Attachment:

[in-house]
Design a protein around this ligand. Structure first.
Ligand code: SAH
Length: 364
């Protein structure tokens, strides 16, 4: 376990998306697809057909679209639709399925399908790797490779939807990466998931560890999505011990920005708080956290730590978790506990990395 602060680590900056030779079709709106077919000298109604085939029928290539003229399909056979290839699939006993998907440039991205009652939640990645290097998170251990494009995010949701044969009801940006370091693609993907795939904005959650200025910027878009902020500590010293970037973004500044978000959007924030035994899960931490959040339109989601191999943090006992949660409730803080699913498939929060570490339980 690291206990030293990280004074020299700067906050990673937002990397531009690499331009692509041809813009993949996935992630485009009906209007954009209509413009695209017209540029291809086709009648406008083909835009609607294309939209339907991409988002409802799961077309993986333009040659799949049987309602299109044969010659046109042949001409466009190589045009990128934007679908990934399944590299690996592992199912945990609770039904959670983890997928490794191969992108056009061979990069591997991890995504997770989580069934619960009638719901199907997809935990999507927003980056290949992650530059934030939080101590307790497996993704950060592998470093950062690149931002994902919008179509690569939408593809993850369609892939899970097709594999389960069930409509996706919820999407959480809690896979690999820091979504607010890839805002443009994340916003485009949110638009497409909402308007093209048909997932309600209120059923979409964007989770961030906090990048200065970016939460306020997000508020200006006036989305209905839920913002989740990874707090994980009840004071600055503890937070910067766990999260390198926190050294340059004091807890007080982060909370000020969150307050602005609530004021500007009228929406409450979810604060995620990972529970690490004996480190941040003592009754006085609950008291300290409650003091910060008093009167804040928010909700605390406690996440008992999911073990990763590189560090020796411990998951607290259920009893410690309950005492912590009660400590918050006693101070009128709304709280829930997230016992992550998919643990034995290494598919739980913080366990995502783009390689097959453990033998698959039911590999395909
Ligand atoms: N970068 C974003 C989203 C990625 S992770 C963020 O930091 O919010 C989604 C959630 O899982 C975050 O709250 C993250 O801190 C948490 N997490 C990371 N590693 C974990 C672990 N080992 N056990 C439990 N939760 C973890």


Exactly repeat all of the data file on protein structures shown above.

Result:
[in-house]
Design a protein around this ligand. Structure first.
Ligand code: SAH
Length: 364
């Protein structure tokens, strides 16, 4: 376990998306697809057909679209639709399925399908790797490779939807990466998931560890999505011990920005708080956290730590978790506990990395 602060680590900056030779079709709106077919000298109604085939029928290539003229399909056979290839699939006993998907440039991205009652939640990645290097998170251990494009995010949701044969009801940006370091693609993907795939904005959650200025910027878009902020500590010293970037973004500044978000959007924030035994899960931490959040339109989601191999943090006992949660409730803080699913498939929060570490339980 690291206990030293990280004074020299700067906050990673937002990397531009690499331009692509041809813009993949996935992630485009009906209007954009209509413009695209017209540029291809086709009648406008083909835009609607294309939209339907991409988002409802799961077309993986333009040659799949049987309602299109044969010659046109042949001409466009190589045009990128934007679908990934399944590299690996592992199912945990609770039904959670983890997928490794191969992108056009061979990069591997991890995504997770989580069934619960009638719901199907997809935990999507927003980056290949992650530059934030939080101590307790497996993704950060592998470093950062690149931002994902919008179509690569939408593809993850369609892939899970097709594999389960069930409509996706919820999407959480809690896979690999820091979504607010890839805002443009994340916003485009949110638009497409909402308007093209048909997932309600209120059923979409964007989770961030906090990048200065970016939460306020997000508020200006006036989305209905839920913002989740990874707090994980009840004071600055503890937070910067766990999260390198926190050294340059004091807890007080982060909370000020969150307050602005609530004021500007009228929406409450979810604060995620990972529970690490004996480190941040003592009754006085609950008291300290409650003091910060008093009167804040928010909700605390406690996440008992999911073990990763590189560090020796411990998951607290259920009893410690309950005492912590009660400590918050006693101070009128709304709280829930997230016992992550998919643990034995290494598919739980913080366990995502783009390689097959453990033998698959039911590999395909
Ligand atoms: N970068 C974003 C989203 C990625 S992770 C963020 O930091 O919010 C989604 C959630 O899982 C975050 O709250 C993250 O801190 C948490 N997490 C990371 N590693 C974990 C672990 N080992 N056990 C439990 N939760 C973890």